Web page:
D-Day: Remembering the Battle that Won the War - 70 Years Later
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Probably the most famous combat photographs ever made were those taken on the beach in Normandy during the D-Day invasions by Robert Capa, shooting for LIFE and going in with the first wave. The saga of those images has been told before and will be again in this commemorative book: How Capa got out alive (he would later be killed while covering war in Southeast Asia), how he got his film back to London for transfer to New York, how most of his images were ruined and the 11 frames that survived had taken on a grainy quality that seemed to reflect the shaking beach under German bombardment, and even how Steven Spielberg used that look to inform the first half-hour of his classic film Saving Private Ryan. Armed with two cameras, LIFE's Capa volunteered to hit the French coast, code-named Omaha Beach, with the first wave of 1st Division soldiers, and later remembered (in the kind of first-hand testimony that will fill this book) bullets tearing "holes in the water around him," and then what he saw as an idyllic shoreline becoming "the ugliest beach in the world."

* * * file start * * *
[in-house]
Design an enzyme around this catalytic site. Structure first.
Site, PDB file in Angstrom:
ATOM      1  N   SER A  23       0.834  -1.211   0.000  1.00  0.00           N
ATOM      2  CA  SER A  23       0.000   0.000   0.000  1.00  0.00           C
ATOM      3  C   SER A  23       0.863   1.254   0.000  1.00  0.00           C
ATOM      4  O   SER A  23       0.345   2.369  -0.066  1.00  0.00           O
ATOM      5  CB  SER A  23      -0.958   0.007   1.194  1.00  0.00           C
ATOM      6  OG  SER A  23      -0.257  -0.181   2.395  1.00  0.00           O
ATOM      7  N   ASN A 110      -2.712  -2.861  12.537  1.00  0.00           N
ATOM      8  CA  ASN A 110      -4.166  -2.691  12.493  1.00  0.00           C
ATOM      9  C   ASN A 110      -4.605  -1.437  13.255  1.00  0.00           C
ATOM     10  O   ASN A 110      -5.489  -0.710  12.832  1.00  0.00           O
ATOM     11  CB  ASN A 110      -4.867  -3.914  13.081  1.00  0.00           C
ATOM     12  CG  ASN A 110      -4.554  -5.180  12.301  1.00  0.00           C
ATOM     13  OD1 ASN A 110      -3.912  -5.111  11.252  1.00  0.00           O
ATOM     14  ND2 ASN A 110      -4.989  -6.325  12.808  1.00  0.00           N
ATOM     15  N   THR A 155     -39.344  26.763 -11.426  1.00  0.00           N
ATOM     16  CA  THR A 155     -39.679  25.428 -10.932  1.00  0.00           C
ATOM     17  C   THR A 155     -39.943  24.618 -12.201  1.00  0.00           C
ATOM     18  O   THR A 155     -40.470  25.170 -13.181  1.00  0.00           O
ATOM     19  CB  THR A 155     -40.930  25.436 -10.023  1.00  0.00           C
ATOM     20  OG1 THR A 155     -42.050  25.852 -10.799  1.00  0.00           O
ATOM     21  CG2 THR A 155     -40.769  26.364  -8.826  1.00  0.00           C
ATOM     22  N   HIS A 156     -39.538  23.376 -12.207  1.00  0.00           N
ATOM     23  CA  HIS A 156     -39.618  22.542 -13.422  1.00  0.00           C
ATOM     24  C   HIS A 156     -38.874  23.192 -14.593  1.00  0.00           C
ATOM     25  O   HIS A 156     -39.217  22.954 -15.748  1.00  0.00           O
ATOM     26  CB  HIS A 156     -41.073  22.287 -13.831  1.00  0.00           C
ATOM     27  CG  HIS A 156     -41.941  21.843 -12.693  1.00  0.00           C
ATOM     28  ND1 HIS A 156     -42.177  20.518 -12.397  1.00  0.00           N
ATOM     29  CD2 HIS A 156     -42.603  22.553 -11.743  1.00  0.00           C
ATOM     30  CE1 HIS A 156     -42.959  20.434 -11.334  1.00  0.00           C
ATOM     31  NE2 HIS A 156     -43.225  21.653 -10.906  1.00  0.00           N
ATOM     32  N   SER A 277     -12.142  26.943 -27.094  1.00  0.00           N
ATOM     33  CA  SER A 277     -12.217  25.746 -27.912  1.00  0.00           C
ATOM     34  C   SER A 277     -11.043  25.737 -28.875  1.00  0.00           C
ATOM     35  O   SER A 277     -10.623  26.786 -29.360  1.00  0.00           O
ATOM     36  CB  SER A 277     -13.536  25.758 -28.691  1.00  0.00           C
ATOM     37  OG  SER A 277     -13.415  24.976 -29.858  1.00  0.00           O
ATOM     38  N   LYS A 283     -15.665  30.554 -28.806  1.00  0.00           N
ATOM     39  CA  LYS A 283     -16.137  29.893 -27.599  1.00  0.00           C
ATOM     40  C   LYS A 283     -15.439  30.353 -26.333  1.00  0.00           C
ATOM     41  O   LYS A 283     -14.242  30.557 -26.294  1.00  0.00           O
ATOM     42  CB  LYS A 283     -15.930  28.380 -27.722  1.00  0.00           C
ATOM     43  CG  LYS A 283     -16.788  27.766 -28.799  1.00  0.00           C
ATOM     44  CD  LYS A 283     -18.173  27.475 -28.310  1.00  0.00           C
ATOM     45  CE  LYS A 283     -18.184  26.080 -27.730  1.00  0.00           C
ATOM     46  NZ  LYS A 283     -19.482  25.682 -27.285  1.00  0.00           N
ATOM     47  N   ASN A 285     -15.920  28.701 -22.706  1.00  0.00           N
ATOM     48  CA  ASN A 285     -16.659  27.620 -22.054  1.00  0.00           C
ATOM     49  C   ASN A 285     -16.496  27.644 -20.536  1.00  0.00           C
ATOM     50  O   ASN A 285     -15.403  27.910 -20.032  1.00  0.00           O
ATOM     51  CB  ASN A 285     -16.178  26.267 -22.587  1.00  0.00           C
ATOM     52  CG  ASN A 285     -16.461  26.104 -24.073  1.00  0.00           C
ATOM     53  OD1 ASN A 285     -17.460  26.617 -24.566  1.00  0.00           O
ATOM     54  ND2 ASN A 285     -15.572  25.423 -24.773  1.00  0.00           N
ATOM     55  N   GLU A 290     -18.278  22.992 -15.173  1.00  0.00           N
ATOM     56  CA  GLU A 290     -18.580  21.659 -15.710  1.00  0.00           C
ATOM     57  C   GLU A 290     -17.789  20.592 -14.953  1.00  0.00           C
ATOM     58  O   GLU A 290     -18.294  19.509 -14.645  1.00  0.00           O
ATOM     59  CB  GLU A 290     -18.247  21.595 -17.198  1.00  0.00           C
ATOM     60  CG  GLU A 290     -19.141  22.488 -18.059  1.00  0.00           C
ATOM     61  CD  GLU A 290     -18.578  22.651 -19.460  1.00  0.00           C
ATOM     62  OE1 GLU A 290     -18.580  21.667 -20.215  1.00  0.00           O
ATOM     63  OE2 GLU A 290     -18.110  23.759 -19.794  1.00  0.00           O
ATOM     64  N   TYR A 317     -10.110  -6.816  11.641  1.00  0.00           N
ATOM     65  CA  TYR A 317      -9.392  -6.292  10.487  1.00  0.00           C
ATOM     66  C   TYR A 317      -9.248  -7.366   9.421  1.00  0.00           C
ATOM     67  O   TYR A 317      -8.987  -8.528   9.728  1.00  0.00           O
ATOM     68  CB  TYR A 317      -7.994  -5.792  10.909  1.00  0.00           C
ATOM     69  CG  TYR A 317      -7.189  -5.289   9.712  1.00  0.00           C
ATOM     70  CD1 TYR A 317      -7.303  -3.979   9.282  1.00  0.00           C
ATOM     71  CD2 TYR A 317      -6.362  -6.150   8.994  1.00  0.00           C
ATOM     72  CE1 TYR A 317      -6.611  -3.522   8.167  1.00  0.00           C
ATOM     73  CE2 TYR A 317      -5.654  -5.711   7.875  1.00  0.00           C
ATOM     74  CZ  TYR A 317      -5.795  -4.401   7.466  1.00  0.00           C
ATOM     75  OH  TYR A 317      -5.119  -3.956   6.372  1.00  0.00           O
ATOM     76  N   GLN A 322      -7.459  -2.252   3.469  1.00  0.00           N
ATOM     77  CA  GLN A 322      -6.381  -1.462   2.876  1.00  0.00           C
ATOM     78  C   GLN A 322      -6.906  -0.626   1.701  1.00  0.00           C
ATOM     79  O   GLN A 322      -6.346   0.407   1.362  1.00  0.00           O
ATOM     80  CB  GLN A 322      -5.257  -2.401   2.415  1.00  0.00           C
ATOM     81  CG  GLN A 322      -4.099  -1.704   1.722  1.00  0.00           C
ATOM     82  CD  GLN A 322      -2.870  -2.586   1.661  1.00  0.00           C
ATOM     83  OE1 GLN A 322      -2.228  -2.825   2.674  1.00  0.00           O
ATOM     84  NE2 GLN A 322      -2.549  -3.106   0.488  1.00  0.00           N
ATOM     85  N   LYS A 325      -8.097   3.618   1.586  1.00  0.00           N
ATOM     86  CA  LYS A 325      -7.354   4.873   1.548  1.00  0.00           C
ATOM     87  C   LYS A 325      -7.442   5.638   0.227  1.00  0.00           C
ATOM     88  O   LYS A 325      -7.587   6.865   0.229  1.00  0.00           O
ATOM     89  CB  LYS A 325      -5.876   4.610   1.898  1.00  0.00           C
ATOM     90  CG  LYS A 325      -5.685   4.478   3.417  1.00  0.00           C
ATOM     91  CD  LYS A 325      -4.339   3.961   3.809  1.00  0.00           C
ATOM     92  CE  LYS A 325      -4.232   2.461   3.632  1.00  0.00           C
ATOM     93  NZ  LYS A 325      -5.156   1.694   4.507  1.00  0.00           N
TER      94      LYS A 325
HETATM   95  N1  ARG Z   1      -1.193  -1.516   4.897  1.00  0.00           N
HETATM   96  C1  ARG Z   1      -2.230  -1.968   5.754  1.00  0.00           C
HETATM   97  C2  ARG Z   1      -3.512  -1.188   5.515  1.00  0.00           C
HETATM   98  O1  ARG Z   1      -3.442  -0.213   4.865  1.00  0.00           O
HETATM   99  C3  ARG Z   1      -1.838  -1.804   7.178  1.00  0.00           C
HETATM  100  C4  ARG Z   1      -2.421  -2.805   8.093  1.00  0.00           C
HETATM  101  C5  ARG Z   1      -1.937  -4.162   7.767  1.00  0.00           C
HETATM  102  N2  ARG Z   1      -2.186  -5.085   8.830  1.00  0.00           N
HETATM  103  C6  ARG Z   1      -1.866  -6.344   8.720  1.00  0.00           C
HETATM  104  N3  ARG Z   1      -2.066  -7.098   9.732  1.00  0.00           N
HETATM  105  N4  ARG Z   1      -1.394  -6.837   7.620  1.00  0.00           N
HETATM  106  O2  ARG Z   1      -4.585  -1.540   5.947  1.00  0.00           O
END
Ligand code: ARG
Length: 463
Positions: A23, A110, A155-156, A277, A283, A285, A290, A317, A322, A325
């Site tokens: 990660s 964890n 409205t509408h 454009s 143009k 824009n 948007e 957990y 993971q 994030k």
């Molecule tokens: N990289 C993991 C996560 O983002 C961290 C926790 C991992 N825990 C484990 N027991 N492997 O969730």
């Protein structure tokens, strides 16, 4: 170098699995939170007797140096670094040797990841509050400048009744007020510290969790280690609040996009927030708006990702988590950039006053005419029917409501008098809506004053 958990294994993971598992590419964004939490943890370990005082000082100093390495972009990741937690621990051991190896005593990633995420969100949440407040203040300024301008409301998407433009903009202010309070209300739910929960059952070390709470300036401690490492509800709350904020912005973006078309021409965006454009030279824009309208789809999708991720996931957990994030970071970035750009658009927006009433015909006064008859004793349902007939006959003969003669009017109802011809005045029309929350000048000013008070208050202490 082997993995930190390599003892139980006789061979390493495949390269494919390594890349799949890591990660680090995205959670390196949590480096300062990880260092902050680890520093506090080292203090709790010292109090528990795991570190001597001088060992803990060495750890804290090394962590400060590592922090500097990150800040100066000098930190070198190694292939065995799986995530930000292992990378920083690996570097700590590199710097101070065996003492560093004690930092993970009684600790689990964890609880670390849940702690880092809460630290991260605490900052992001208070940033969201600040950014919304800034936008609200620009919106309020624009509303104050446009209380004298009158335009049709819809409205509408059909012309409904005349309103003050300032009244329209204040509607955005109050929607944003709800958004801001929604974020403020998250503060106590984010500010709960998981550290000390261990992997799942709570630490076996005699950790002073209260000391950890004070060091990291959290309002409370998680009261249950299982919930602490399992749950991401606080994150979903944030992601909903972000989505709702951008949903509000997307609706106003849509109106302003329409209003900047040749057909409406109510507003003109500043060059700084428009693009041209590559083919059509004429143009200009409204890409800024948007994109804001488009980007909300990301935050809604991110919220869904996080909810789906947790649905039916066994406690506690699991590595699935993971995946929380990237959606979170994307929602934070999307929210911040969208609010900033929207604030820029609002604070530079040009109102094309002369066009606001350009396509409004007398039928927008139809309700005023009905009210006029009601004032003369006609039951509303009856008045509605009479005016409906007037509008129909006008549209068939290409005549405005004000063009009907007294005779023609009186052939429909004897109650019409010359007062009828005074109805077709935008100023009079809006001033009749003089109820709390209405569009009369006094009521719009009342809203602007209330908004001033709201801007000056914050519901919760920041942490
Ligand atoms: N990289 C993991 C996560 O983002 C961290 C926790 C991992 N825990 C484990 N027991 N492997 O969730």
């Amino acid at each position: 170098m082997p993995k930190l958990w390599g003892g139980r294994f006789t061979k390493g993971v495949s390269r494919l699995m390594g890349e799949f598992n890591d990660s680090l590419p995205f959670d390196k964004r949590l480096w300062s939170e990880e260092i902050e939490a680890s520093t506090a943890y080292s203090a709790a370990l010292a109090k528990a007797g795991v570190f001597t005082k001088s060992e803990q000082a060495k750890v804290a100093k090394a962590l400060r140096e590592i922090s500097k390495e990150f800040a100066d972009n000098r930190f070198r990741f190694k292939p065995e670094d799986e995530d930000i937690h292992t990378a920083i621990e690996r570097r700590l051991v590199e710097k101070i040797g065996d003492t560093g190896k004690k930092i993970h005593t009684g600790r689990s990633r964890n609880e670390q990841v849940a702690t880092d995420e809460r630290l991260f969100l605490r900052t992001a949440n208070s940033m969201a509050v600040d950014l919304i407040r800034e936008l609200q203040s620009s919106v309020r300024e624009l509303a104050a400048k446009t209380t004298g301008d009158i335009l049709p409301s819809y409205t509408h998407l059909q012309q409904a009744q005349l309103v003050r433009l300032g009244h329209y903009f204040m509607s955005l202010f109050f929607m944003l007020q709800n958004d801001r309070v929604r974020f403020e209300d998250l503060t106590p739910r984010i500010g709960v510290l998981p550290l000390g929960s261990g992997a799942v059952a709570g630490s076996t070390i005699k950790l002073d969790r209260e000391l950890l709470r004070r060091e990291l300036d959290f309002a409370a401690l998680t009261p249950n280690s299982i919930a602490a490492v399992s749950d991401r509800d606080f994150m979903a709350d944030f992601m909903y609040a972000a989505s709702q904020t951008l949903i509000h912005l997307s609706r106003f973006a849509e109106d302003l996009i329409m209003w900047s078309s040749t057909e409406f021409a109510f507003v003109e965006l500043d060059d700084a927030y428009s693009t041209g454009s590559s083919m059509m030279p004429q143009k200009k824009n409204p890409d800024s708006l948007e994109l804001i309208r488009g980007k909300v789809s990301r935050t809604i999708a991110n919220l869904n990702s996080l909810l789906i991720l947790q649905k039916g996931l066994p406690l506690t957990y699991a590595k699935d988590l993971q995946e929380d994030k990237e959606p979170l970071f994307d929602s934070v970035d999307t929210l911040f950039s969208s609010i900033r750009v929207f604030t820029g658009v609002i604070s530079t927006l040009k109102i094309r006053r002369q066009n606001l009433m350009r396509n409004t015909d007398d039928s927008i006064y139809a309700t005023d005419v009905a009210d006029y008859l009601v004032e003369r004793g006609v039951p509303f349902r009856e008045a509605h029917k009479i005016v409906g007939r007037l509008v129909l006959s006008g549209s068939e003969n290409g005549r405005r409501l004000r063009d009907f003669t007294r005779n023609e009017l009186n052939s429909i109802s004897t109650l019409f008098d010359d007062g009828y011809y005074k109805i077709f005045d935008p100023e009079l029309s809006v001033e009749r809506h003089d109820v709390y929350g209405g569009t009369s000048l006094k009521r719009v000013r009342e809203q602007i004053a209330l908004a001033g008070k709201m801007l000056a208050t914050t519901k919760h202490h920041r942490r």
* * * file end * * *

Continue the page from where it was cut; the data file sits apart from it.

Henry Luce, looking back, said LIFE had not been born as a war magazine in 1936, but that world events made it one-it was necessary for the people at home to see what was really happening over there. By the time 1.5 million American servicemen and women were squeezing into Southern England in advance of 1944's Operation Overlord invasions, a sizable battalion of LIFE photographers was among them. If Capa's pictures became the most famous, there were so many others by Landry, Morse, Silk and more. America looked to LIFE to tell the story 70 years ago, and will do so again in this book.